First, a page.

As he marched towards Concord, Smith remained unaware how quickly the militia could assemble. Already within a five-mile radius of his force seventy five companies of militiamen, many of them minutemen, were either mustering of marching with many others also on the move from further away. Once Smith reached Concord, he sent various troops to secure strategic points around the town. He also sent a detachment north of the Concord River to search a farm where weapons were stored, in the process of which further firing broke out at the Old North Bridge. As his troops finished searching the town, Smith managed to extricate his troops without further fighting and began the march back to Boston.
His men had not gone far when firing broke out near Meriam's Corner. Smith's troops were now heavily outnumbered by the militia and for the rest of the day this imbalance grew as more and more companies of militia arrived from around the colony while Smith's men suffered from casualties as they were repeatedly ambushed along the road. Smith allowed a very fast pace for his column reasoning that if they slowed down they would be overwhelmed and soon run out of ammunition, supplies of which were rapidly running low. Despite his difficulties, Smith was largely able to keep his men in disciplined formations for much of the way to Lexington. More and more of Smith's officers were killed or wounded, hampering his attempts to maintain control and his men finally lost unit cohesion and hurried onwards in a general mass.
Not far west of Lexington, Smith was wounded in the thigh in an ambush by Lexington militia, led by John Parker in what has been called "Parker's Revenge". Smith gave up his horse so that more badly wounded men could use it. His column was extremely hard-pressed and close to total collapse but managed to reach the comparative safety of Lexington where a brigade of British reinforcements under General Percy had arrived. Percy took command and his reinforcements became the rear guard and the flankers of the expedition while Smith's tired troops became the advance guard. In Menotomy, they came under further attack from freshly arrived militiamen and had to clear several houses in further heavy fighting. It was not until Smith's men reached Charlestown, that the threat of attack ended.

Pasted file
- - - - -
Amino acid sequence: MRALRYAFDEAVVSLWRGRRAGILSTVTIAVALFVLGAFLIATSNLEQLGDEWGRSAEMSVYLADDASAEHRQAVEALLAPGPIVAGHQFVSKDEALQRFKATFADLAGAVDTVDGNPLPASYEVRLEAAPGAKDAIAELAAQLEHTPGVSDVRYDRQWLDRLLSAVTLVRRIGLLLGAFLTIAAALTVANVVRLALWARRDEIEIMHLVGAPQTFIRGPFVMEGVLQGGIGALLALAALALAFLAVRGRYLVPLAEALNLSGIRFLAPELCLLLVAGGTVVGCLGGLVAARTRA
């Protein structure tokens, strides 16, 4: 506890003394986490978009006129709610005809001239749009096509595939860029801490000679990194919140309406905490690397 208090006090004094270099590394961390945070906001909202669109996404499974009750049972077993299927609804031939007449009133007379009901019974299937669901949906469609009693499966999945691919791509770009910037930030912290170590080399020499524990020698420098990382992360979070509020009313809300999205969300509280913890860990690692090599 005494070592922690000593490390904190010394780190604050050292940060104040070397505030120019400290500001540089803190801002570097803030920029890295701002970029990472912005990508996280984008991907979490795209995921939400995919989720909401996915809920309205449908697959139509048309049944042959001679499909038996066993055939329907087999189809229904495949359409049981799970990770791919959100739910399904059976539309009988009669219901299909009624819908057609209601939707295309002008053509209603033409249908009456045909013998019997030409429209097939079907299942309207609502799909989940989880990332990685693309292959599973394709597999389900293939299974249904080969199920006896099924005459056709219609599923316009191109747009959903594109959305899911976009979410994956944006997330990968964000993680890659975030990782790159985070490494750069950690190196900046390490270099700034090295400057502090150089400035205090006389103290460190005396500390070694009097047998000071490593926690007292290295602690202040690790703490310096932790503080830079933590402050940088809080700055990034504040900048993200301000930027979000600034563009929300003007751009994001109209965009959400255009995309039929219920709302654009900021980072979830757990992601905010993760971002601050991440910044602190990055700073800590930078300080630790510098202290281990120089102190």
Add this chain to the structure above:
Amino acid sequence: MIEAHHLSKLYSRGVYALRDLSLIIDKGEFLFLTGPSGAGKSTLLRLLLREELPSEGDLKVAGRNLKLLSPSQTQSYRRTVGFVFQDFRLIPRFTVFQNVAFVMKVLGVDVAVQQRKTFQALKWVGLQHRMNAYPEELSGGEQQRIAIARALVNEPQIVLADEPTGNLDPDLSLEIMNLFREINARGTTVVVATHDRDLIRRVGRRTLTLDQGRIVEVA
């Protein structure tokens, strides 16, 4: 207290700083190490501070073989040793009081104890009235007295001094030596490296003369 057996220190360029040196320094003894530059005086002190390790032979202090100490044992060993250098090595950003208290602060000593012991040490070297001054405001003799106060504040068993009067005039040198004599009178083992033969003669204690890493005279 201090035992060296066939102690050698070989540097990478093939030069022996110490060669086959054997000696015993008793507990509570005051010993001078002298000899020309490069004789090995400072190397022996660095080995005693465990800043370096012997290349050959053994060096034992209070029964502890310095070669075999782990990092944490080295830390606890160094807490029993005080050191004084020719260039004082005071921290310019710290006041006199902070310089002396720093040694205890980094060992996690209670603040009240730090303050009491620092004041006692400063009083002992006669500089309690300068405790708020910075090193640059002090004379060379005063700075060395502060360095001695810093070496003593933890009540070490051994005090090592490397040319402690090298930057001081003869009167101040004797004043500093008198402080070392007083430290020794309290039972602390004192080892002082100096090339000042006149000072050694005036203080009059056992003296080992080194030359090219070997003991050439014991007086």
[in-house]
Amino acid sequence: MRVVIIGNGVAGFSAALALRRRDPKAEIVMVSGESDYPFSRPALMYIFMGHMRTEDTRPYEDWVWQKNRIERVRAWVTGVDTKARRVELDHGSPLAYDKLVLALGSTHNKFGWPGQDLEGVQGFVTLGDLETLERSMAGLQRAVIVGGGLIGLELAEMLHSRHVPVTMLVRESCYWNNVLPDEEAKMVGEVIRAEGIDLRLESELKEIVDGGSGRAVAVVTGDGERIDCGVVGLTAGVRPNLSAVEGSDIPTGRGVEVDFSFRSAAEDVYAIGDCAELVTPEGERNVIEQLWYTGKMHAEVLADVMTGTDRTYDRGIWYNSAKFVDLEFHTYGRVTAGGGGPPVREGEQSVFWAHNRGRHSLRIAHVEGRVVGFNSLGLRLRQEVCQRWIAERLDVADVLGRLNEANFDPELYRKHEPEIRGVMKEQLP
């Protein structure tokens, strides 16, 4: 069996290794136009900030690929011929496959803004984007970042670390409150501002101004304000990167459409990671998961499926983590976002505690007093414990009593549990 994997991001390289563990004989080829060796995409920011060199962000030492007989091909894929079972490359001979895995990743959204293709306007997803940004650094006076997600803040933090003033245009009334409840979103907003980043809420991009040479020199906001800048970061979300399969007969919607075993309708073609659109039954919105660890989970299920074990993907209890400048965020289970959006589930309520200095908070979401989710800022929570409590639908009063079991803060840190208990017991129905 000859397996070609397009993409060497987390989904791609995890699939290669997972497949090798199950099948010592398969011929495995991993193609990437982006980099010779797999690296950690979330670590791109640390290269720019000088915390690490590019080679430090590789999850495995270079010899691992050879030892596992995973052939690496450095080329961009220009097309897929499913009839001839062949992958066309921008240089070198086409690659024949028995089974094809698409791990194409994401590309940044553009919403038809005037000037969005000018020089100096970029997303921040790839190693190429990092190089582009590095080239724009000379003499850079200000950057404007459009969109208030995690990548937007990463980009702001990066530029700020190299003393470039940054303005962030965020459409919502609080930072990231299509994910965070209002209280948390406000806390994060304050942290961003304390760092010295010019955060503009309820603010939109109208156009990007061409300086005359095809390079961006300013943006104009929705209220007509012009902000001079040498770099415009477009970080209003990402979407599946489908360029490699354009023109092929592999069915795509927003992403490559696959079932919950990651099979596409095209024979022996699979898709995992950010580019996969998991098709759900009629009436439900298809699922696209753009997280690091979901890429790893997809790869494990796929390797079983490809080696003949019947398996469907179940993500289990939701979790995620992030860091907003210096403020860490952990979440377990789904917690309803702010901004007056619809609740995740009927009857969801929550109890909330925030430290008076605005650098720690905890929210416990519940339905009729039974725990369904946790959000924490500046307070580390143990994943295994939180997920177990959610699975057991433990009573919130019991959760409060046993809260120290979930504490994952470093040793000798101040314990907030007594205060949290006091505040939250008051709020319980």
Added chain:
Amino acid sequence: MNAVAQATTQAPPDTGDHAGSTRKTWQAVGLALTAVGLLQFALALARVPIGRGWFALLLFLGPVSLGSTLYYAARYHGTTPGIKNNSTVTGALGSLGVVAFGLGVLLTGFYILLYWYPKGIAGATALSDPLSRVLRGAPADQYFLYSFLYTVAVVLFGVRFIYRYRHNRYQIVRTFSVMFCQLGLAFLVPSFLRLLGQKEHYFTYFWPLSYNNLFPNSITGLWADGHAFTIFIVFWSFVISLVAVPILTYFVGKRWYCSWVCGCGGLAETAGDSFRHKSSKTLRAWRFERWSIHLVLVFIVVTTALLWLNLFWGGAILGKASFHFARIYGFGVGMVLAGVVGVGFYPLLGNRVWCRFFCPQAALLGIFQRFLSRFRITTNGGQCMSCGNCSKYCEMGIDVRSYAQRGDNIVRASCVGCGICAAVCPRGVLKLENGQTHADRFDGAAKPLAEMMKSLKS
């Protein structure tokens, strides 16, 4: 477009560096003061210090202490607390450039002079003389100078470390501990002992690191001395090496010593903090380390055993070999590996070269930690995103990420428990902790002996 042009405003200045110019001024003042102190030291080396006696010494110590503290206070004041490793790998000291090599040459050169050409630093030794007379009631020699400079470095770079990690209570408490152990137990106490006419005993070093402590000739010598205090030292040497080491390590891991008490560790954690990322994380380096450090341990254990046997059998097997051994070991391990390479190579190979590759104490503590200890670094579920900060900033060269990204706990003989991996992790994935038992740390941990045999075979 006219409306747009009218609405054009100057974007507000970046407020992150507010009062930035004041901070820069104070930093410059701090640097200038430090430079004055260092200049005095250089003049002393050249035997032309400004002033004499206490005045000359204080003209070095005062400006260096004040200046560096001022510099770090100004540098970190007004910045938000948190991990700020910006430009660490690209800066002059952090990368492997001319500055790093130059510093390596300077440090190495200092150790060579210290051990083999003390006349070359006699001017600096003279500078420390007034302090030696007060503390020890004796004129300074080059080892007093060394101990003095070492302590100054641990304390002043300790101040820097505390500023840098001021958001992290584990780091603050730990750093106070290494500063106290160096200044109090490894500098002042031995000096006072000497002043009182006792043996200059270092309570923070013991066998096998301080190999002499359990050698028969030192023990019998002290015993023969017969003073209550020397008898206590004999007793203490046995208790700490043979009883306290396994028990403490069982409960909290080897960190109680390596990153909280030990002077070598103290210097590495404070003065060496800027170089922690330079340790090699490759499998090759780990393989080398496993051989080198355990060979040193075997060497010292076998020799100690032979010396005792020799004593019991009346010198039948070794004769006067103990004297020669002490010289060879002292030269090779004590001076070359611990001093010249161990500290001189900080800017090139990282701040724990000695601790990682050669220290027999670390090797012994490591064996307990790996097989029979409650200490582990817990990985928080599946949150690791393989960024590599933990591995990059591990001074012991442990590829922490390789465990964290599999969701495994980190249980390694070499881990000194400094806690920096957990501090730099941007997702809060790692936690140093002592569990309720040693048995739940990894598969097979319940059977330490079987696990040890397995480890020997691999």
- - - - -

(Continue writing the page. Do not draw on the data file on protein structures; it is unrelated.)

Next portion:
Militia from across New England had been alerted of the fighting at Lexington and Concord, but poured in too late to take part in the battle. They assembled outside Boston and blockaded the city, severing its land but not sea connections. Although many were not initially aware of it, the sporadic fighting had triggered the outbreak of the American War of Independence and the civil war which many on both sides had warned of and tried to avoid.
Siege of Boston
Smith's conduct was highly praised by Gage in his despatches to London reporting the outbreak of fighting. He was promoted to full colonel at the year's end and later promoted to brigadier general. On the night of 4 March 1776, during a snow storm, British sentries on duty near the Boston Neck heard digging across the bay on Dorchester Heights. This was reported to Smith, who did not report this to his own superiors at the Province House. By dawn on 5 March, the Americans now had a full breastworks constructed on the heights. This resulted in the British choosing to evacuate Boston and sail to Halifax, Nova Scotia.